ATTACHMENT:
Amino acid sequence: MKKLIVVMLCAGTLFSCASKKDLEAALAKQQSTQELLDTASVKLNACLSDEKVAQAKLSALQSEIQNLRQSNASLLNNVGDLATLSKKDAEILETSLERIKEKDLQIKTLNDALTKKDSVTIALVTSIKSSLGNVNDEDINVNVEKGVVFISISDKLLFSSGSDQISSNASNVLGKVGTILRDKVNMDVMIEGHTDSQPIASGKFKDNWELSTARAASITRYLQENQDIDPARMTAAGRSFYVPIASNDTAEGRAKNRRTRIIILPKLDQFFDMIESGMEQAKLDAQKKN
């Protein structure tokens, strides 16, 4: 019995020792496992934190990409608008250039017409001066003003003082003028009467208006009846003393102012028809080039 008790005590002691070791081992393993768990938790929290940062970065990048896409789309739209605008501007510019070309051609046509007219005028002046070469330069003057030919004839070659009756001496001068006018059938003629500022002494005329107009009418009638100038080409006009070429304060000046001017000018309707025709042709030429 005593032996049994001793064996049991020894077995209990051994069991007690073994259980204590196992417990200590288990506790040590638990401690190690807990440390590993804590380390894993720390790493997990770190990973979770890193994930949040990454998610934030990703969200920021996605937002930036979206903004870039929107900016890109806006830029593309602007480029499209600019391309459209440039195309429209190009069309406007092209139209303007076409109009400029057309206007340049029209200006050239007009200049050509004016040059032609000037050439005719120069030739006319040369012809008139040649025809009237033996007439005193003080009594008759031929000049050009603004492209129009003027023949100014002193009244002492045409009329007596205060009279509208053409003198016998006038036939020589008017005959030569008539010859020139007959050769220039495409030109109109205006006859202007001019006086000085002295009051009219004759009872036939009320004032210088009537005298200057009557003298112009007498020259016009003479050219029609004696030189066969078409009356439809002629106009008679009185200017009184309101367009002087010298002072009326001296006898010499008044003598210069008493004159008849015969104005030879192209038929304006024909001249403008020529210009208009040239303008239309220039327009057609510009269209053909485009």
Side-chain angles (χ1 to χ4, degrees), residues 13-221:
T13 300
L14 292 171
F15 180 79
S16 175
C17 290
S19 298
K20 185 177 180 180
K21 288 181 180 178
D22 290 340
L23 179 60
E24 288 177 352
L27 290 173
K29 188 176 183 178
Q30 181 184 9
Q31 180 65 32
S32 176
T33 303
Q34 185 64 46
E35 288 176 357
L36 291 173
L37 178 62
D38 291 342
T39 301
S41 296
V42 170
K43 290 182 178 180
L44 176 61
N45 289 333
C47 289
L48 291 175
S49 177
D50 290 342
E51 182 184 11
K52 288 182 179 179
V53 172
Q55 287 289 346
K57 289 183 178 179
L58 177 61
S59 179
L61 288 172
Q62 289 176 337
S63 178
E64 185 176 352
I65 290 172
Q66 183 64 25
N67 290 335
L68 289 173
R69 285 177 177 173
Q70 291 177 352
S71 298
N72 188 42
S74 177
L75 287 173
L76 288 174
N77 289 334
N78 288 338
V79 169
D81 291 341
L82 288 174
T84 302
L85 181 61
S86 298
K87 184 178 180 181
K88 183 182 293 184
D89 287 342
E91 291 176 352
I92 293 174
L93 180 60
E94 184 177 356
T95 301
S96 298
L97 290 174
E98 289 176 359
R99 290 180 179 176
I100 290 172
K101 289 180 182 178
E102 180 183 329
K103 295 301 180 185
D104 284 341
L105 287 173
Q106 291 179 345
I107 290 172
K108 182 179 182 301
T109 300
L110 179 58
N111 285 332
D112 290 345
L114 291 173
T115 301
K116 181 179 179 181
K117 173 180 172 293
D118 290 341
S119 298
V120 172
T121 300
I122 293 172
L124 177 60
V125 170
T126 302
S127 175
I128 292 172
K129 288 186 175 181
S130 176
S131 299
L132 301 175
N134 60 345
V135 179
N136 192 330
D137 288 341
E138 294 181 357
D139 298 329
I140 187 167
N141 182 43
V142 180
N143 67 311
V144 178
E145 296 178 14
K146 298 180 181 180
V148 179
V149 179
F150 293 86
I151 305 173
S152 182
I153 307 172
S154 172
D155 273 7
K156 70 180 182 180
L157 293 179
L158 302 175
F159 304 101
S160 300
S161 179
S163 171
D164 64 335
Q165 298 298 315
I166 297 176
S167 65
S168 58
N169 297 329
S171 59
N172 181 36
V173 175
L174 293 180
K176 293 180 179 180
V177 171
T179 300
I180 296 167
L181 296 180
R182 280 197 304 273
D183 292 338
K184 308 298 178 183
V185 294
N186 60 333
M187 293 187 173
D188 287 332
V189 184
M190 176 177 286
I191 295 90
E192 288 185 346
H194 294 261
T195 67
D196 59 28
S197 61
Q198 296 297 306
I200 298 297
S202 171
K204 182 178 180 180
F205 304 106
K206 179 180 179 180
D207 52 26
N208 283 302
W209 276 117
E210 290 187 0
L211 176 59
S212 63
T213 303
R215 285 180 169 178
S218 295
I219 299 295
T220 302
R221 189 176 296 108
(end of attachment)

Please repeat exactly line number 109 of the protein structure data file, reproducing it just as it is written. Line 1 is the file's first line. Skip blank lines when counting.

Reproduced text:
N134 60 345